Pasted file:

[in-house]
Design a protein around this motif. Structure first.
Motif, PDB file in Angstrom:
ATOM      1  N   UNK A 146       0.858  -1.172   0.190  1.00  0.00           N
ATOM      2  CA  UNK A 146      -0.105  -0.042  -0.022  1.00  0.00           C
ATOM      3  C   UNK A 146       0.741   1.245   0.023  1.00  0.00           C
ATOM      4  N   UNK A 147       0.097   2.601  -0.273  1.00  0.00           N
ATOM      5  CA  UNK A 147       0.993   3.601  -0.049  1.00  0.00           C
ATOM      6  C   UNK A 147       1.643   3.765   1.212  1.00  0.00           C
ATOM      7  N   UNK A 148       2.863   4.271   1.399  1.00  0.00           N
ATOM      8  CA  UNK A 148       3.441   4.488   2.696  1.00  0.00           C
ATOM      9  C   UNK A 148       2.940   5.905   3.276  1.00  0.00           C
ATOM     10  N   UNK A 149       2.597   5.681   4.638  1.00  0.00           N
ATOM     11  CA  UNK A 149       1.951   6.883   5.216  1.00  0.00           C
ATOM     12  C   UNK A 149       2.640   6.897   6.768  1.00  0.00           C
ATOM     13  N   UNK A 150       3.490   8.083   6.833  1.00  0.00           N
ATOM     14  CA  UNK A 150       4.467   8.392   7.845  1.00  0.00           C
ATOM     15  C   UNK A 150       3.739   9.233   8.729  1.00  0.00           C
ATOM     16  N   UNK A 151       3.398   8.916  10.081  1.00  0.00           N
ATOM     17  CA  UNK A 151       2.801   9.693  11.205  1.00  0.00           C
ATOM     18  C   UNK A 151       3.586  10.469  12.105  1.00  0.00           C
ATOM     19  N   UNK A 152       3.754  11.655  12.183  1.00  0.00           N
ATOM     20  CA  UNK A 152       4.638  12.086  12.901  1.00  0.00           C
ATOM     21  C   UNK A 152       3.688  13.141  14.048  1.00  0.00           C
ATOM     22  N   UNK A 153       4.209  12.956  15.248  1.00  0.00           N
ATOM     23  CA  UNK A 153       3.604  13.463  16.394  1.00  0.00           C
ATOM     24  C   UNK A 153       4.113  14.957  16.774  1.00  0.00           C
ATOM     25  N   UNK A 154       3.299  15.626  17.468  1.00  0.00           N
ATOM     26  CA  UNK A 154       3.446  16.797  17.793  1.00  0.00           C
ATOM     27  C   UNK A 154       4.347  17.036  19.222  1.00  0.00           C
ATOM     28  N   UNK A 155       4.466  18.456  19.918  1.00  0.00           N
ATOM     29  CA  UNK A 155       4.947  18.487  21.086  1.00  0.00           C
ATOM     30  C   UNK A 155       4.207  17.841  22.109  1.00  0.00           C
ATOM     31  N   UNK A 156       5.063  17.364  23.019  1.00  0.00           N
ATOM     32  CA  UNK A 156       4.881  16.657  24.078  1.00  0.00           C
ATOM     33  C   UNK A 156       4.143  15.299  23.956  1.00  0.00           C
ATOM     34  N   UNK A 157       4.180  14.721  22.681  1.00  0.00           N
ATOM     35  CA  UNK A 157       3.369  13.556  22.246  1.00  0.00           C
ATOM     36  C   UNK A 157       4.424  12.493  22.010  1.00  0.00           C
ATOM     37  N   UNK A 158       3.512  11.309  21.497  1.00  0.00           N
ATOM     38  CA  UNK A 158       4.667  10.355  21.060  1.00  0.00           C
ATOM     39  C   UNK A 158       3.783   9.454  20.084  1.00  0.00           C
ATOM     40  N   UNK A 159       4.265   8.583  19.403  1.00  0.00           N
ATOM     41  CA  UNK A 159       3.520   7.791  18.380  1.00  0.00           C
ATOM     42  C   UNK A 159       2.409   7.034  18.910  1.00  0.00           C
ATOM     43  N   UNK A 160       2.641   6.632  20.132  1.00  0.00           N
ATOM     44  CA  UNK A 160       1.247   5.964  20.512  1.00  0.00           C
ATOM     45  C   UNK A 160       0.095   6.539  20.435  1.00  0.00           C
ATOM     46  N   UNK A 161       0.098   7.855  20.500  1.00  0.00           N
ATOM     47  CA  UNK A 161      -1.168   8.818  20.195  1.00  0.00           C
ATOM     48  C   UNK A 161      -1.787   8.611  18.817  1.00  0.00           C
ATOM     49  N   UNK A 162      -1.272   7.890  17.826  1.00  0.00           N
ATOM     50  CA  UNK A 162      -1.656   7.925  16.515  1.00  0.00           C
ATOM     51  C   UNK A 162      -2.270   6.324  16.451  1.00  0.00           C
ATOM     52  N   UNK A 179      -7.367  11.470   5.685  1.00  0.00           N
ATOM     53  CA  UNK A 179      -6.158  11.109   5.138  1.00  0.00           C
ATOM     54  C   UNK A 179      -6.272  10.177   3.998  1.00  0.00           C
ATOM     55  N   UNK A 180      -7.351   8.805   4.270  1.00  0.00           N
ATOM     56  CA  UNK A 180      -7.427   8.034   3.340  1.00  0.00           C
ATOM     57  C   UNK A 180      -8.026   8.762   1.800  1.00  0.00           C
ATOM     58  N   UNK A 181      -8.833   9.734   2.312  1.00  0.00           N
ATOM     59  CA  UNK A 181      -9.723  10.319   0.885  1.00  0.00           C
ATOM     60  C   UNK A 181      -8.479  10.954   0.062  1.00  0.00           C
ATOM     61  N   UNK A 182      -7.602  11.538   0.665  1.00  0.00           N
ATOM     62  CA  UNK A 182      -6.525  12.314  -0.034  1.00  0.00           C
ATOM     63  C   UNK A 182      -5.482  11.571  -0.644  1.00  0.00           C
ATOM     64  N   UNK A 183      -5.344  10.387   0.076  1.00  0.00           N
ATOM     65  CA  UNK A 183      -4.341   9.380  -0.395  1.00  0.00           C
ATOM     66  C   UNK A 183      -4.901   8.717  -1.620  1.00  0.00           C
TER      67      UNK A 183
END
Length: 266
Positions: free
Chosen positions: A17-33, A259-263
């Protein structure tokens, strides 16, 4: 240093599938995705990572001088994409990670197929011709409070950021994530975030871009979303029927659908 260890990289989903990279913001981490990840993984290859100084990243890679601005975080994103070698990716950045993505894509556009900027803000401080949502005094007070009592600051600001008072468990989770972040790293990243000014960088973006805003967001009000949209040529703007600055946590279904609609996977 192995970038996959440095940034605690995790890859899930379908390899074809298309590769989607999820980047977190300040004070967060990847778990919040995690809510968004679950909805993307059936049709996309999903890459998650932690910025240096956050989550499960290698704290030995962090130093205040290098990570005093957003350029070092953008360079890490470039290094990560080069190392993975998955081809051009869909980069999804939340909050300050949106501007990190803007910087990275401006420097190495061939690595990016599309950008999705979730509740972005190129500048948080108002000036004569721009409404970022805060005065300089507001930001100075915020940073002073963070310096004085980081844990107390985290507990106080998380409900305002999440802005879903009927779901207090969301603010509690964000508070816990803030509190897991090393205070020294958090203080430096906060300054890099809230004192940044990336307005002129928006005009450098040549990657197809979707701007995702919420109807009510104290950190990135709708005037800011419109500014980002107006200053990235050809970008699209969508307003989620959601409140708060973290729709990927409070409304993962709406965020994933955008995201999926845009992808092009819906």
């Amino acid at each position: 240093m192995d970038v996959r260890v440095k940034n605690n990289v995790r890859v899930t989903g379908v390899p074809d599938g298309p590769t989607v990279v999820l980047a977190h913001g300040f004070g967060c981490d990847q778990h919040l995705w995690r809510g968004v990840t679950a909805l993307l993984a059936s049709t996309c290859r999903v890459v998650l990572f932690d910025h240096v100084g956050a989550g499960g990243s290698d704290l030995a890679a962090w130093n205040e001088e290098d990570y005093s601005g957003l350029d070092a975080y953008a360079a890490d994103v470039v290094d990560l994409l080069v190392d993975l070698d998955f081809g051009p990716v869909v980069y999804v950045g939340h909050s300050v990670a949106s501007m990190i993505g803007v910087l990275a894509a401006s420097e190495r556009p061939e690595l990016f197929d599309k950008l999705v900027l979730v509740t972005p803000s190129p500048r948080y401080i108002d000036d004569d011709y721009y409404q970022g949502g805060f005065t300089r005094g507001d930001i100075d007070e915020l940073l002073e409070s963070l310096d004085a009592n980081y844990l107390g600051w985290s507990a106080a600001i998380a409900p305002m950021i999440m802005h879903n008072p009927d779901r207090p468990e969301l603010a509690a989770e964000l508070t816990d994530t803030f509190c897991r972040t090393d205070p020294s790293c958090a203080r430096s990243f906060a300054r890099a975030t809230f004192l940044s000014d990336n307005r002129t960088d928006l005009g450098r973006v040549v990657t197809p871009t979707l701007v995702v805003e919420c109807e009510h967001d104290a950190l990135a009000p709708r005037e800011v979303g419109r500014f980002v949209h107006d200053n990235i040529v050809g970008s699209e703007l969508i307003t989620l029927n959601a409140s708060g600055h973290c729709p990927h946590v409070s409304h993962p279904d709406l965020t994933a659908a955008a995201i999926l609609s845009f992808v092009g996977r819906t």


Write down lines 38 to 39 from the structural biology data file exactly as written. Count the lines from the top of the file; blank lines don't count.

ATOM     35  CA  UNK A 157       3.369  13.556  22.246  1.00  0.00           C
ATOM     36  C   UNK A 157       4.424  12.493  22.010  1.00  0.00           C